Sochi 2014 News Planting A New Seed

Planting A New Seed

By Karen Rosen | March 25, 2013, 9:50 a.m. (ET)

U.S. Olympic Committee chef de mission Mike Plant, USOC board chairman Larry Probst and USOC CEO Scott Blackmun congratulate the Vancouver Olympic athletes during the opening reception for the 2010 U.S. Olympic Team in Washington, D.C., celebration at the Sports Legends Museum at Camden Yards on April 20, 2010, in Baltimore, Md.

Mike Plant is off to a fast start as US Speedskating’s new leader entrusted with getting the national governing body back on track before the Sochi 2014 Olympic Winter Games.

Plant, a well-known sports executive who last week was appointed president of the federation’s board of directors, immediately began scheduling phone conversations with constituents — including athletes — and spent this past weekend in Utah meeting with senior staff. Plant takes over the 14-person Board and is expected to be confirmed as President at the spring board meeting this May.

“I need to get a feel for what’s at the root of a lot of the discontent here,” said Plant, a 1980 Olympian in speedskating who was chef de mission of the 2010 U.S. Olympic Team in Vancouver. “I’ve read a lot, but I need to listen a little bit.

“At the same time, I need to add a parallel track to that and start taking some action, which I’ve done as well.”

US Speedskating’s troubles include grievances filed by athletes regarding the federation’s management and allegations of physical abuse by a former short track national coach. Amid that turmoil, Andy Gabel, an Olympic medalist and former president of the organization, was accused of improper sexual relationships with underage athletes.

A group of athletes also filed a complaint to the U.S. Olympic Committee, which grew increasingly concerned, especially after the U.S. short track team failed to win a World Championships medal for the first time since 2004. Scott Blackmun, the Chief Executive Officer for the U.S. Olympic Committee, who had been discussing the sport’s status with Plant for several months, backed his move onto the board, which is a volunteer position.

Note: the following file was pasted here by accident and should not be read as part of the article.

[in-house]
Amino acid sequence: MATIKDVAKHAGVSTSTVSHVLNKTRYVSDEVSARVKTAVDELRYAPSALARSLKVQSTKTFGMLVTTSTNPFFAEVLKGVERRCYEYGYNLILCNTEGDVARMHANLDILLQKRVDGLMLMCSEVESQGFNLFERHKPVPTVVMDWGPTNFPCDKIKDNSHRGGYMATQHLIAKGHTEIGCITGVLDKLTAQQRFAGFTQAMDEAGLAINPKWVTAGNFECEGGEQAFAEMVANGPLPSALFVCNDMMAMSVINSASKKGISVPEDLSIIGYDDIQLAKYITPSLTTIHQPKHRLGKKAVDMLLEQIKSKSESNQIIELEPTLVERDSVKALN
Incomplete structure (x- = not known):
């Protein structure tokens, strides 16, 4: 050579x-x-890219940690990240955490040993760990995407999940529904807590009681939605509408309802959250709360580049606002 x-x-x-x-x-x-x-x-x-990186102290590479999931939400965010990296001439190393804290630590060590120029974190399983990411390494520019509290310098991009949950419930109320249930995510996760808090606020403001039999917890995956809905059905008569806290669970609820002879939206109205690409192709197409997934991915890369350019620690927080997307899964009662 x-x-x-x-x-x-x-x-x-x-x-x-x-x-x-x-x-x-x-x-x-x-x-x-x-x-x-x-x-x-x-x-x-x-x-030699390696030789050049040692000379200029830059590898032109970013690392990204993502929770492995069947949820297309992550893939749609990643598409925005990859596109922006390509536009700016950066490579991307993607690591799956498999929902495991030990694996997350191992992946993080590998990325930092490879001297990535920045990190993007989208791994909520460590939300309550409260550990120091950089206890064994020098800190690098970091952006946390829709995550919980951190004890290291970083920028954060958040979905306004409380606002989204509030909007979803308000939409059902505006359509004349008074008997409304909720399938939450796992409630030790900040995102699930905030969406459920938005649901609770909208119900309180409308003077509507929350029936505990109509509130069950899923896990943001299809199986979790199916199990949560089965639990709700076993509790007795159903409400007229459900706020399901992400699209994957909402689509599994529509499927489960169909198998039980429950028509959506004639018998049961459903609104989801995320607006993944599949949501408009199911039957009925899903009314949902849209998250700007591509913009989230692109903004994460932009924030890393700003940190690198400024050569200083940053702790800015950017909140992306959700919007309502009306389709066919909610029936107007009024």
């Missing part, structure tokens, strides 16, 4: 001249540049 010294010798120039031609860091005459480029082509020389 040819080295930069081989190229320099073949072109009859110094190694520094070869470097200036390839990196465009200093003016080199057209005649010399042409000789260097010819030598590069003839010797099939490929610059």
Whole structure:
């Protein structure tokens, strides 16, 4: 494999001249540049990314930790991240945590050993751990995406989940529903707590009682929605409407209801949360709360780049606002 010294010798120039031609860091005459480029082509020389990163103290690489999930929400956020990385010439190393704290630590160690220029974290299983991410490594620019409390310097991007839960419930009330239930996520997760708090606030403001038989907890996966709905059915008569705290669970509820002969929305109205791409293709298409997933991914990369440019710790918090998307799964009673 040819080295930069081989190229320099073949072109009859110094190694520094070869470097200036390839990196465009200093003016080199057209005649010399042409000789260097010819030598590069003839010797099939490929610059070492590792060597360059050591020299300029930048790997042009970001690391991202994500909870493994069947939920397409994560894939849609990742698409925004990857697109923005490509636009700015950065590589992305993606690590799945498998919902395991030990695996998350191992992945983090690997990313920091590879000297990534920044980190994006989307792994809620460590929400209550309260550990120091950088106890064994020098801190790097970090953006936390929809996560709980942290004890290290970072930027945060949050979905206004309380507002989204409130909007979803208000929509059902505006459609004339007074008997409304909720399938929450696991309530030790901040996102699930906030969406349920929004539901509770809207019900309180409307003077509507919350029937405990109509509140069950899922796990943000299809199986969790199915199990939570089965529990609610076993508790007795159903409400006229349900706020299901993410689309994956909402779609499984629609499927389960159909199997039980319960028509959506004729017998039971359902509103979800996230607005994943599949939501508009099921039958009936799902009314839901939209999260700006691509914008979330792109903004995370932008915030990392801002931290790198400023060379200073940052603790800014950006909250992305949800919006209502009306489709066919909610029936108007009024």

“You get to a point in situations like this where you need some new leadership, maybe a little different style,” Plant said, “and my style is I think I’m fair, but I’m tough and I basically know what the marching orders are.”

He has already started focusing on governance and management reform as well as athlete support, with the ultimate goal of building successful short track and long track Olympic teams.

“We’re going to hit it hard and fast and furious,” Plant said, “and I think we’re going to come out with some wholesale changes that are going to be positive for the whole future of the sport, including the athletes that are part of it.”

Plant, whose full-time job is executive vice president of the Atlanta Braves responsible for business operations, has a wide background as a sports leader. He has served as a member of the USOC Board of Directors, Executive Director of USA Canoe/Kayak and associate executive director and president of USA Cycling. He also was a member of the board of directors of the Atlanta Committee for the Olympic Games and president of the Goodwill Games.

Plant is one of the rare U.S. representatives at the highest level of global sports, where he is on the management committee for the international cycling federation.

Olympian Rowdy Gaines (L) introduces USOC board member Mike Plant
during the 100 Days to Vancouver Celebration on November 4, 2009
at the Rockefeller Center in New York City.

A Wisconsin native, Plant kept up with speedskating over the years through thick and thin ice. He wanted to get involved now he said, "because this sport has a great legacy and has a great tradition of being successful on the field of play.”

He will take a hard look at not only the elite athlete program, but also the pipeline.

“We provide athletes with financial support, services, coaching, science, technology, code of conducts, trials — anything that touches them, let’s make sure that it’s really working properly,” Plant said. “Over the last year, even looking back over the last 10 years, there were pieces that weren’t working properly.”

He said he has read the athlete grievances. “I plan to deal with them accordingly.”

Plant, along with US Speedskating executive director Mark Greenwald and other officials, planned to build an action plan of responsibilities and timelines that they will then execute.

Plant said the organization’s financial situation is not as dire as it was when the most recent figures reported from May 2012 showed a substantial deficit.

With Opening Day for the Atlanta Braves one week away, Plant has a lot on his plate. He said the team supports his new endeavor.

“I put a lot of 18-19 hours days in,” Plant said. “I know how to multitask, pretty well.

“The big thing for me is I don’t play any instruments any more, but I just need to make sure the band sounds good.”

Karen Rosen is a freelance contributor for This story was not subject to the approval of any National Governing Bodies.